The results of this analysis are shown in FIGS. 12 and 13. FIG. 12 depicts the receiver-operator characteristic (ROC) curves for the case where 20 of the spectral elements were used for biometric identification tasks. The equal error rate (EER, defined as the false acceptance rate=false rejection rate) of the inner-ring data is 2.0% while the outer-ring data yields an EER of 1.6%. In contrast, a spectral data set made up of both of the inner- and outer-ring spectral elements gives an improved EER of 0.7%. FIG. 13 shows the EER for all three sampling conditions for cases where 4, 6, 10, and 20 elements are used for analysis. In all cases, the combined-ring data performs much better than either of the separate channels, indicating that additional biometric information is available by using the same wavelengths to measure tissue with multiple source-detector separations.
The ability to assess age using spectral data was tested using the NIR spectra from a multi-person study that was conducted using a laboratory-grade FTIR system similar to that shown in FIGS. 10 and 11. However, the light source 102 was a 40W quartz tungsten halogen bulb, the FTIR spectrometer 108 was a Bomem WorkIR, and the optical sampler 106 consisted of a just a single illumination ring and a central detector fiber bundle similar to the inner ring 122 and central bundle 123 shown in FIG. 11.
The data were collected from 87 diabetic people who participated in a portion of a 17-week study. Approximately half of the people participated in the study for 6 weeks and half participated for 11 weeks. In either case, each person was measured during two separate visits per week for each week they participated in the study. During each measurement visit, multiple (3-5) optical samples were collected from the underside of their left forearm. Each optical sample consisted of 90 seconds of measurement time. A total of more than 5100 optical samples were collected on this study group. The resulting intensity spectra were log-transformed to pseudo-absorbance data and a scale function was applied to the spectra to make the spectral noise characteristics uniform. Standard outlier metrics (Mahalanobis Distance and Spectral F-Ratio) were applied to the resulting scaled absorbance data to remove outlying spectra before subsequent processing.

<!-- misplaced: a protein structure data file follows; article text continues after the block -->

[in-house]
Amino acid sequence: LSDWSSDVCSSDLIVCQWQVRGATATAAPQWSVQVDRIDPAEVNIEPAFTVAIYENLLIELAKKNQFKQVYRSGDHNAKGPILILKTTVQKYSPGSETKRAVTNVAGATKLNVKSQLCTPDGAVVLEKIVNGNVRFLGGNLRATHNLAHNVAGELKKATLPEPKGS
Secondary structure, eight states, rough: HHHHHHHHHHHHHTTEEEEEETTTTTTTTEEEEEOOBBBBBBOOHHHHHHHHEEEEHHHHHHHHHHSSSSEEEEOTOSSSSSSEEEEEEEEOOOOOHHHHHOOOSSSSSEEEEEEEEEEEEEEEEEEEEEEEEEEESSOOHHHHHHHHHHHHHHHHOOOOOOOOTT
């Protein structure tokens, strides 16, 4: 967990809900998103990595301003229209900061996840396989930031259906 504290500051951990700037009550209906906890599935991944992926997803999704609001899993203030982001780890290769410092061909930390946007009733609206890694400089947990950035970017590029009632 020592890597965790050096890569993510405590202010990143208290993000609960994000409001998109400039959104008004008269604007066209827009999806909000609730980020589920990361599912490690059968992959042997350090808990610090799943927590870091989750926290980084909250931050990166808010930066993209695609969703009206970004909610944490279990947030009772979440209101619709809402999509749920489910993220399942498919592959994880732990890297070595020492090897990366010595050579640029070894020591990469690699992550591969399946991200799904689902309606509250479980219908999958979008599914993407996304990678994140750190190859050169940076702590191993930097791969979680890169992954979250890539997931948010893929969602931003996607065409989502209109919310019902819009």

The scaled absorbance spectra and the corresponding ages of the subject were used in conjunction with the partial least squares (PLS) multivariate calibration algorithm to determine the age-prediction accuracy. A person-out cross validation was performed, giving the results shown in FIG. 14 where “SEP” is standard error of prediction, which is a one-standard-deviation measure of the error. It can be seen that age predictions with an SEP better than 6 years is possible based upon NIR tissue spectra.